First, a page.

The valve contains a cylindrical body with a bore therethrough, with the body containing a sealing shoulder, and inlet and outlet ports. A pressure piston is attached to and disposed within the bore of the body, with the piston containing a bore therethrough. Selective dis-attachment means are provided for dis-attaching the pressure piston from the cylindrical body. Operating piston means, disposed within the bore of the pressure piston, are provided for blocking the flow in either an axial direction, with the operating piston means having defined thereon a sealing surface which cooperates with the sealing surface of the pressure piston.
Holding means for holding an operating piston in a first position with the cylindrical body so that the biasing means for biasing the operating piston acts against the sealing shoulder of the cylindrical body is provided. In one embodiment, the pressure piston contains a second sealing surface, and the operating piston contains a second sealing surface so that the second sealing surface of the pressure piston cooperates with the second sealing surface of the operating piston.
In the preferred embodiment, the holding means and the selective dis-attachment means are shear pins, which the particular type, size, hardness, etc, determines the amount of force necessary to shear the pressure piston from attachment with the body, and the operating piston from the body.
A method of installing a combination two way check valve and back pressure valve in a landing receptacle is also included during remedial and/or workover operations. Generally, a tubing string is situated in a well bore that penetrates an under ground formation. The tubing string will be attached to a series of control valves, such as known in the industry as a christmas tree.
The method will comprise the steps of placing in the landing receptacle the combination valve utilizing a lubricator, as is well known in the art. Next, the christmas tree is removed and dis-attached from the tubing string. Then, a set of blow out preventers is attached to the tubing string. At this point, the blow out preventers are pressure tested to ensure proper installation, i.e. that there are no leaks, by applying pressure to the top of the combination valve.
The pressure to the top of the combination valve is held constant to ensure a proper test. Following the test, pressure is again increased until the predetermined amount of force is obtained in order to shear the pins of the operating stem and the pressure piston thereby freeing the operating stem to be biased by the biasing means. Subsequent to the shearing of the pins, the combination valve is removed utilizing the lubricator device.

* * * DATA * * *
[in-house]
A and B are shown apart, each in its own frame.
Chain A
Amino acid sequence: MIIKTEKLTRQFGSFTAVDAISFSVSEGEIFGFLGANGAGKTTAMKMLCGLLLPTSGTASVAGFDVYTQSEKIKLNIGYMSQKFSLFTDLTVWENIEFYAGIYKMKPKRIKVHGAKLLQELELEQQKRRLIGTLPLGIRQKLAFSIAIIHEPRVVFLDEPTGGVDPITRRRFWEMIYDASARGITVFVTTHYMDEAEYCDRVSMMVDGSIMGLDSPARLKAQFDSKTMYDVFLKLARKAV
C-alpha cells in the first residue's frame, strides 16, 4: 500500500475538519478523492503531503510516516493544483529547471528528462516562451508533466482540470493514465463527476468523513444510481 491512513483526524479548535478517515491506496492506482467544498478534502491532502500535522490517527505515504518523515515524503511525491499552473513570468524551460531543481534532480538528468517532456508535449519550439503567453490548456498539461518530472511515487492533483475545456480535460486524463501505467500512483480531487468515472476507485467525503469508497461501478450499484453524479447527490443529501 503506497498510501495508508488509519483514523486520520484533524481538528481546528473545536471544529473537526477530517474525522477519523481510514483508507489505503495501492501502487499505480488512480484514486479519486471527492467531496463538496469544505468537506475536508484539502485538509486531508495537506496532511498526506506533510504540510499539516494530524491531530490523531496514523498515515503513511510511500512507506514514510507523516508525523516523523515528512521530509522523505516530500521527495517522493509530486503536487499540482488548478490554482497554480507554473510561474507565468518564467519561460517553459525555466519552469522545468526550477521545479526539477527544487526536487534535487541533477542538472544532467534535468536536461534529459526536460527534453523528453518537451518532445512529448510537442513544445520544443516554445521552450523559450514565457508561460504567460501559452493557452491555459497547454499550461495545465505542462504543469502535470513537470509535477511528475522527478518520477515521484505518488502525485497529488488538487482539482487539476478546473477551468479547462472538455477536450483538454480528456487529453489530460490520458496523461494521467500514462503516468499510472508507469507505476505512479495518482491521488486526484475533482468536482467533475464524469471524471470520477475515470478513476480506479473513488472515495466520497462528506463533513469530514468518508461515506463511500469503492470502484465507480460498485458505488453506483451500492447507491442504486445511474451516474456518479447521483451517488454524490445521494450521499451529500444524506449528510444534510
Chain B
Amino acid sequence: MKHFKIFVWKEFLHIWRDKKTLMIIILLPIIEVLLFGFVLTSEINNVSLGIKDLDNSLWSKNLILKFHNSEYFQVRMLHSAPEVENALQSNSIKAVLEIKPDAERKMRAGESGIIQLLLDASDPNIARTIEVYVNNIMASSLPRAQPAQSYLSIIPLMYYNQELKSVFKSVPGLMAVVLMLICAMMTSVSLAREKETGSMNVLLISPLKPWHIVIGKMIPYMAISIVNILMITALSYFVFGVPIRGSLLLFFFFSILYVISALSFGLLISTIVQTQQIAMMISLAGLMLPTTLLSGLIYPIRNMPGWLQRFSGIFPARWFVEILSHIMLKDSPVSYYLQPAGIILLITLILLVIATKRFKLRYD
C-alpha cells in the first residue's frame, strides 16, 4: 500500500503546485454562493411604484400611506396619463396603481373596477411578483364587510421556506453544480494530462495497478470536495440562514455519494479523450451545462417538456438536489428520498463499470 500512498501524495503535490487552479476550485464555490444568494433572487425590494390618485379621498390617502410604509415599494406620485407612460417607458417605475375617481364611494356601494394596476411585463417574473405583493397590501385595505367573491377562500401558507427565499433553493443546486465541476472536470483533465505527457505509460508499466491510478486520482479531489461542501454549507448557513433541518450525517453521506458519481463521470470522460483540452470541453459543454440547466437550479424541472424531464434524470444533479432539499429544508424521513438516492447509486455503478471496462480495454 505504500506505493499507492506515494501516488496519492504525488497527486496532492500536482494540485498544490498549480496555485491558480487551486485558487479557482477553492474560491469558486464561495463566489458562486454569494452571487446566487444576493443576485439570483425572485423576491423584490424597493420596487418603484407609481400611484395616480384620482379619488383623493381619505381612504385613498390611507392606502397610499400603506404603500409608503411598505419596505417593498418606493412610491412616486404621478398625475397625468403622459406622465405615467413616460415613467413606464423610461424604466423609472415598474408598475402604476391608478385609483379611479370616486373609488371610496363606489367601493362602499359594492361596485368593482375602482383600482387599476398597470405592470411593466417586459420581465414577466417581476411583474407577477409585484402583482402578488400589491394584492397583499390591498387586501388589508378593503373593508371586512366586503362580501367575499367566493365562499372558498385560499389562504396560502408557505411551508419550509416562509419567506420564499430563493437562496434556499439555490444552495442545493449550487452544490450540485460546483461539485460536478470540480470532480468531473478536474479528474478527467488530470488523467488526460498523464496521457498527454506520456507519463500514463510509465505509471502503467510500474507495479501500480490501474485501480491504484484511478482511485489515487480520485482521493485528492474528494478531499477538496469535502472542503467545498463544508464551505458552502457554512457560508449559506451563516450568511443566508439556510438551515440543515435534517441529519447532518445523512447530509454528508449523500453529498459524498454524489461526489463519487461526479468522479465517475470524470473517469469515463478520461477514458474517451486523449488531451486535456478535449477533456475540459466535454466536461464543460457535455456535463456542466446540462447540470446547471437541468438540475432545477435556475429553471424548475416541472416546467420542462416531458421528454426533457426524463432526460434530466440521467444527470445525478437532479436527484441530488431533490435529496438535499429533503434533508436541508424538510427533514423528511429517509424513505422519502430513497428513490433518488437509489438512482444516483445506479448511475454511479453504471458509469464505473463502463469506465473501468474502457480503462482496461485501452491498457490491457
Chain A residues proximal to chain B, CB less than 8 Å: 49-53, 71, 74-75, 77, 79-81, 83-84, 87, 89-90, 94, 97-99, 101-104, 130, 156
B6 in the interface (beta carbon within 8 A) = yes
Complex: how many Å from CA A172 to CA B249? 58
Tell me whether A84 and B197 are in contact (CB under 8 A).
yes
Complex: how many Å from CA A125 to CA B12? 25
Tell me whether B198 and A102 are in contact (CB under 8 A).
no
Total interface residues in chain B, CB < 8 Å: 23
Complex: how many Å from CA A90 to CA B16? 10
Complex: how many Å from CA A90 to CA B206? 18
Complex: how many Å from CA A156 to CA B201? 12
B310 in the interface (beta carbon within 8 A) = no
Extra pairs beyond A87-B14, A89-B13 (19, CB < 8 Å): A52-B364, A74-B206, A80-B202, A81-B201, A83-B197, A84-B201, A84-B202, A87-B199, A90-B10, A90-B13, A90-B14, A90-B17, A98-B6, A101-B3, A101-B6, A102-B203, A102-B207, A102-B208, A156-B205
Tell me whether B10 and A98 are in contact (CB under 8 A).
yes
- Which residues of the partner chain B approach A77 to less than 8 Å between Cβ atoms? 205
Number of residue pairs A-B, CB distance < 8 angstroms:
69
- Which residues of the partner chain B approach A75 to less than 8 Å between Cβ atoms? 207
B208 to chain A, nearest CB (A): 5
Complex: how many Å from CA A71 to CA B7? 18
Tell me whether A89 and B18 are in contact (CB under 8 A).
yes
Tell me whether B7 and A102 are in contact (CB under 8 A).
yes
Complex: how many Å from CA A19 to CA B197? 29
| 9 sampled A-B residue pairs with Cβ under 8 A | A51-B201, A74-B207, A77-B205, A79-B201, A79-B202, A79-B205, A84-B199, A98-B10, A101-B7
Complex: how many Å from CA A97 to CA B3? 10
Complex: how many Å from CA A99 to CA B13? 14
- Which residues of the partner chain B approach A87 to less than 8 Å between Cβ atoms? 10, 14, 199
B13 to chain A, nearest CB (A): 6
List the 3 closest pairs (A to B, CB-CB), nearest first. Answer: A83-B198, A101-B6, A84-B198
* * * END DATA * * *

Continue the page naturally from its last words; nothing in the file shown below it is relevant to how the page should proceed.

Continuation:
If the formation begins to build-up pressure subsequent to pressure testing the blow out preventers, pressure to the top of the valve is increased until the predetermined amount of force is reached so that the selective dis-attachment means is actuated. Then fluid is pumped through the combination valve and down the tubing string.
Continued pumping will equalize the hydrostatic pressure within the tubing string, i.e. killing the pressure from the formation. The combination valve is then removed from the tubing string utilizing the lubricator device, and the workover operations may continue.
A feature of the present invention includes the pressure piston which is responsive to an increase in pressure. Another feature includes the selective dis-attachment means which will dis-attach the pressure piston from the cylindrical body upon application of a predetermined amount of pressure.
Yet another feature is the operating stem which contains two sets of sealing surfaces for sealing engagement with the cylindrical body and the pressure piston thereby containing flow in an upward or downward axial flow through the valve body. Another feature includes use of the biasing means for biasing the operating stem to a closed position once the dis-attachment means has been activated thereby allowing axial flow in only one position.
An advantage of the present invention includes the use of one apparatus to perform the job of what traditionally has been performed by two devices. Another advantage is the amount of time which will be saved by the elimination of having to re-nipple up the christmas tree in case the formation unexpectedly builds up pressure.